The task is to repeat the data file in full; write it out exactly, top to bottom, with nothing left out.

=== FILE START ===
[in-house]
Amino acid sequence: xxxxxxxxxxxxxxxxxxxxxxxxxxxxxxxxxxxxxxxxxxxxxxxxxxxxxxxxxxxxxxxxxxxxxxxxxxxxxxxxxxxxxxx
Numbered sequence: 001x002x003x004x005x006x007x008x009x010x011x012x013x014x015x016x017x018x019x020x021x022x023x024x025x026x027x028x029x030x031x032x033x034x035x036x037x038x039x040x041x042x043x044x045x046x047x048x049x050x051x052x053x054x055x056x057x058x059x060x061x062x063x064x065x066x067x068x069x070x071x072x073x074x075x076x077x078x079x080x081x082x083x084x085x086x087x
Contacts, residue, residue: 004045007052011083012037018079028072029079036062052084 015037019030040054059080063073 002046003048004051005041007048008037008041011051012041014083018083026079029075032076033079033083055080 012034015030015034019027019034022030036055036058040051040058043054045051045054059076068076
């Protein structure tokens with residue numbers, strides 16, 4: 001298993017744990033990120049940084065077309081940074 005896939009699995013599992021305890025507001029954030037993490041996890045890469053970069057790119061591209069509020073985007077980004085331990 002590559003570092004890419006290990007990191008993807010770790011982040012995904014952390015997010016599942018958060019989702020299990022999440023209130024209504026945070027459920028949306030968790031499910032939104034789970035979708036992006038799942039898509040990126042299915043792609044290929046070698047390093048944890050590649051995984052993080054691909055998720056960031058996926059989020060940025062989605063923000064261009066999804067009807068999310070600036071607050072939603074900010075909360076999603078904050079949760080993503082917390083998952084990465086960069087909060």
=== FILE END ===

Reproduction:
[in-house]
Amino acid sequence: xxxxxxxxxxxxxxxxxxxxxxxxxxxxxxxxxxxxxxxxxxxxxxxxxxxxxxxxxxxxxxxxxxxxxxxxxxxxxxxxxxxxxxx
Numbered sequence: 001x002x003x004x005x006x007x008x009x010x011x012x013x014x015x016x017x018x019x020x021x022x023x024x025x026x027x028x029x030x031x032x033x034x035x036x037x038x039x040x041x042x043x044x045x046x047x048x049x050x051x052x053x054x055x056x057x058x059x060x061x062x063x064x065x066x067x068x069x070x071x072x073x074x075x076x077x078x079x080x081x082x083x084x085x086x087x
Contacts, residue, residue: 004045007052011083012037018079028072029079036062052084 015037019030040054059080063073 002046003048004051005041007048008037008041011051012041014083018083026079029075032076033079033083055080 012034015030015034019027019034022030036055036058040051040058043054045051045054059076068076
């Protein structure tokens with residue numbers, strides 16, 4: 001298993017744990033990120049940084065077309081940074 005896939009699995013599992021305890025507001029954030037993490041996890045890469053970069057790119061591209069509020073985007077980004085331990 002590559003570092004890419006290990007990191008993807010770790011982040012995904014952390015997010016599942018958060019989702020299990022999440023209130024209504026945070027459920028949306030968790031499910032939104034789970035979708036992006038799942039898509040990126042299915043792609044290929046070698047390093048944890050590649051995984052993080054691909055998720056960031058996926059989020060940025062989605063923000064261009066999804067009807068999310070600036071607050072939603074900010075909360076999603078904050079949760080993503082917390083998952084990465086960069087909060």